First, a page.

Reliability: * * * * *
Perfect. I experienced no problems of any kind while shooting this load.

Terminal Performance: * * * *
For a carry round, this could’ve expanded a bit more and stopped just a couple of inches shorter in the gel. the occasional over-penetration should be noted. That said, it does have what lots of carry ammo lacks in that it has very reliable and deep penetration after expansion.

Overall: * * * * 
SIG’s 125gr V-Crown +P is a very good, reliable personal defense load. I’ve confidently carried it in several of my J-Frames and I like that it has a practice clone load as well.



  1. avatar Sparky1017 says:

    Awesome review, thanks. Been loading these into my Taurus 85 Ultralite and am now feeling more confident in my choice.

    1. avatar Kahlil says:

      I use this in my .357 mag and .40 carry guns. The .357 and .38 both have same weights but obviously the size of the case means more room for powder, would be cool to fire them side by side and see how drastic the oomph is 🙂

  2. avatar Benzo says:

    I’m curious though, what exactly does “V-Crown” mean?

    1. avatar Kahlil says:

      Its in the product description that was linked to in the article, (halfway down approx)
      Has to do with the way cavity is shaped.

  3. avatar GS650G says:

    .38spl is still a good round to defend with.

  4. avatar jwm says:

    If the rounds dropped on the ground after going thru the gel block they likely would have been stopped by the shirt on the bad guys back after you shot him in the front.

    Life experience with a .38 tells me they tend to penetrate much more than their modest velocity would warrant.

  5. avatar Pg2 says:

    Looks interesting. Hopefully they produce a reliable round for snubby revolvers. Until then buffalo bores 150gr 38 spl wadcutter remains top contender.

  6. avatar former water walker says:

    Nice review but YouTube differs. Most 38 is quite mediocre except for HST. Unless you ask Paul Harrel with his fantastic “meat” tests. He is unimpressed with HST and gives high marks to Sig-in 9 mm anyway…YMMV.

    1. Yeah! That guys got some pretty good vids! Recommend viewing!

    2. avatar Scott says:

      Wrong. Gold Dot Short Barrel (135 grain, .38 special +P) is also a solid performer in testing. Good expansion, penetrates about 13 inches in gelatin after going through 4 layers of denim.

      1. Underwood makes a great +P using the Gold Dot bullet.

  7. avatar Kahlil says:

    I know you said others but should’ve just said .357 SIG, .357 mag, and .40 and rounded off the list.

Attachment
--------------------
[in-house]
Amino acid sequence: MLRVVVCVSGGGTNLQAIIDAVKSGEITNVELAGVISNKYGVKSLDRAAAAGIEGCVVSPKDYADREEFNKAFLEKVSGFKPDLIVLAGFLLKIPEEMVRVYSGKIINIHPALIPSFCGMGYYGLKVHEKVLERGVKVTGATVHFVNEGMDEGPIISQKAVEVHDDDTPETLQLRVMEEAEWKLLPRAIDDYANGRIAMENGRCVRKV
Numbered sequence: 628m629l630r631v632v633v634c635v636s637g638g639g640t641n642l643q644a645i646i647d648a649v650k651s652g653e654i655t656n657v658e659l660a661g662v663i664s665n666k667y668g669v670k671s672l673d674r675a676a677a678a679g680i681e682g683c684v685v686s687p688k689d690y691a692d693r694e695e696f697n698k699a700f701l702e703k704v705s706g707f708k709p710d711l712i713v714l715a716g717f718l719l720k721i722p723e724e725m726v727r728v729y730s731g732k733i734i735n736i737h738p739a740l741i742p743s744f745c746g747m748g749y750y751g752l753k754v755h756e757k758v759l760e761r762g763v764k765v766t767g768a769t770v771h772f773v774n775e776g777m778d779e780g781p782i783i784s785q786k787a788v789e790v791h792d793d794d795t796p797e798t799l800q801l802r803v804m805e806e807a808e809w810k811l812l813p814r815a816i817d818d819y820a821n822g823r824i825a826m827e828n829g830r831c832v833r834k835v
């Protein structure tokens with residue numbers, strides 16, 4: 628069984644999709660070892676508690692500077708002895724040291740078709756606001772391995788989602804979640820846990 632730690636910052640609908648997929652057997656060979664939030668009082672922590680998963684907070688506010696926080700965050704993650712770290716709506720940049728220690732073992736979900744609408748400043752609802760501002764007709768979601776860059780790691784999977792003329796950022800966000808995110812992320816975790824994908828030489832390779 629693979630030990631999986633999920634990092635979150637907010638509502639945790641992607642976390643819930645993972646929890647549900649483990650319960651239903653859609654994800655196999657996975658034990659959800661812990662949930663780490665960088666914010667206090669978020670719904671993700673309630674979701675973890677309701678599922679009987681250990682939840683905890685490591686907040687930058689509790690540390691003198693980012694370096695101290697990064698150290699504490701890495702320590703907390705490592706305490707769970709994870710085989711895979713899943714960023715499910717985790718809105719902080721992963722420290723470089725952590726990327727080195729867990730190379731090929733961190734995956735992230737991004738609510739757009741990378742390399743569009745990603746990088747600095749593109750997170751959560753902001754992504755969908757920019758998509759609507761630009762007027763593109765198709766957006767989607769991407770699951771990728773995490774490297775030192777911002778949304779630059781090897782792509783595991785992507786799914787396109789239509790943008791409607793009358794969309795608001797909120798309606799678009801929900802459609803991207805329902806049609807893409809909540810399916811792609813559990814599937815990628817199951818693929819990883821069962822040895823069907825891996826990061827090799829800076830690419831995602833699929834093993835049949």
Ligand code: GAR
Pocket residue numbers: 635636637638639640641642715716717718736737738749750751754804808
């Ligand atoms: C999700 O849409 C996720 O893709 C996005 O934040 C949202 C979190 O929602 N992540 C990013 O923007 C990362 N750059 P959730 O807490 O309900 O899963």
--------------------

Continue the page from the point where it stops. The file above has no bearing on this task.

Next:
The 45 Colt as the .357 mag is a blast to shoot.

  8. avatar Setarip says:

    Pretty sad +P means 800fps with a measly 125gr bullet.

    1. avatar jwm says:

      Out of a barrel that is less than two inches long in a handgun that carries in and can be fired from inside a pocket.

      Had a cousin. Big ugly burly fool. Biker trash. Violent as all hell. Got killed proving you can’t rape a .38. Graves full of dumbasses that thought they were bullet proof.

      1. avatar Setarip says:

        I carry a 642. My point is the standard pressure .38 should be able to push a heavier bullet at the same velocity as this “+p”. Buffalo bore manages 854fps with a 158 grain bullet at standard pressure in a 2 inch model 66.

        1. avatar jwm says:

          I don’t know if I would trust BB’s non +P rating. That ammo seems a bit hot in all its loadings. I do use BB 110 grain copper hollow points in one of my k frames. I live in CA and we can’t use lead ammo when hunting.

  9. avatar TheUnspoken says:

    Sig makes revolver ammo? Next – the Sig revolver!

  10. avatar George from Alaska says:

    Sig Elite 230 grain ball .45 ACP is the only ammo that consistently fails to climb up the feed ramp of two Sig P220’s, a Walther PPQ M2 and a Sig P227. About every 18-20 rounds one seems to get caught on the feed ramps. Maybe not enough taper crimp? I haven’t reloaded for a few years because I’m moving but it never happened with my reloaded 230 FMJ ball ammo.

    1. avatar Michael in AK says:

      that is exactly why I shell
      out big bucks to test carry ammo…and not just a box or two…

  11. avatar Andrew Lias says:

    The actual expansion on these doens’t look huge. Maybe I’m just over analyzing it.

  12. avatar Michael Smith says:

    I fired this ammo out of my Ruger SP 101 at about 50 feet. It shot about 2 inches below POA, but grouped better than any other ammo I’ve used. 4 of 5 rounds touched each other, with one flyer(my fault). I have to go 135 grain or better, to get rounds POA. Barrel was 2 1/4 inch.

  13. avatar James says:

    I bought a box of these to shoot through my SW 442. After firing 4 rounds and checking the 5th round I noticed some separation between the bullet and the case. I will be picking out some different carry ammo. Also I must say I was shooting a box of field and stream 158g basic FMJ rounds and they recoiled like twice as hard as this “+P”. This is the largest difference in recoil I’ve ever experienced between a low and high grain bullet in any cartridge.